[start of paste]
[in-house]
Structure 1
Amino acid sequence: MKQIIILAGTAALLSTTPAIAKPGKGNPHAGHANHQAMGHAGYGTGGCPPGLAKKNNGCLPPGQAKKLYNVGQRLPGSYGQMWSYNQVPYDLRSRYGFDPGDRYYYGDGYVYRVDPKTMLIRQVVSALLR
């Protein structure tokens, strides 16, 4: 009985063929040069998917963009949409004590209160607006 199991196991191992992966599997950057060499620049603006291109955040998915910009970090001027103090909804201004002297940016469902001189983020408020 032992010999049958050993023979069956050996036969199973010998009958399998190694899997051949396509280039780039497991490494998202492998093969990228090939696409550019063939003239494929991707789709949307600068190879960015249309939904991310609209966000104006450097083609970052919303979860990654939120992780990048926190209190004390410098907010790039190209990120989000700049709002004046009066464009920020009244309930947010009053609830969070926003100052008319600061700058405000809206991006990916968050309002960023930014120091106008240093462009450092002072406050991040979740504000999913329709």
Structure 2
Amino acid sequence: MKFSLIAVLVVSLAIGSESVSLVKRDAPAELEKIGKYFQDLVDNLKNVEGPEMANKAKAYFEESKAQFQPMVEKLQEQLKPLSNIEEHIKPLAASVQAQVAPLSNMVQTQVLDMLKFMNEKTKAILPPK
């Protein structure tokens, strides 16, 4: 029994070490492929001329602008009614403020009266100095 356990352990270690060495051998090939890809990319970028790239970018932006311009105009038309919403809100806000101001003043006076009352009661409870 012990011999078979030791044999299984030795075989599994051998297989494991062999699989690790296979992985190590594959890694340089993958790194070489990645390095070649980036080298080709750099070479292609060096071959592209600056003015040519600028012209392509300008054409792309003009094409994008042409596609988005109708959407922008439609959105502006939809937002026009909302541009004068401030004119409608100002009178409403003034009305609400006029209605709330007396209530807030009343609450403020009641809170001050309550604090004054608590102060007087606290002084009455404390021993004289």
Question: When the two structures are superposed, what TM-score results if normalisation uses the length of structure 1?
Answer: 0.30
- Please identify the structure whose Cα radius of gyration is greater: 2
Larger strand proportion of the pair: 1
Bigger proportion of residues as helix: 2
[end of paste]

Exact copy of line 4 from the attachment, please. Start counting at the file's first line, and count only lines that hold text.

């Protein structure tokens, strides 16, 4: 009985063929040069998917963009949409004590209160607006 199991196991191992992966599997950057060499620049603006291109955040998915910009970090001027103090909804201004002297940016469902001189983020408020 032992010999049958050993023979069956050996036969199973010998009958399998190694899997051949396509280039780039497991490494998202492998093969990228090939696409550019063939003239494929991707789709949307600068190879960015249309939904991310609209966000104006450097083609970052919303979860990654939120992780990048926190209190004390410098907010790039190209990120989000700049709002004046009066464009920020009244309930947010009053609830969070926003100052008319600061700058405000809206991006990916968050309002960023930014120091106008240093462009450092002072406050991040979740504000999913329709």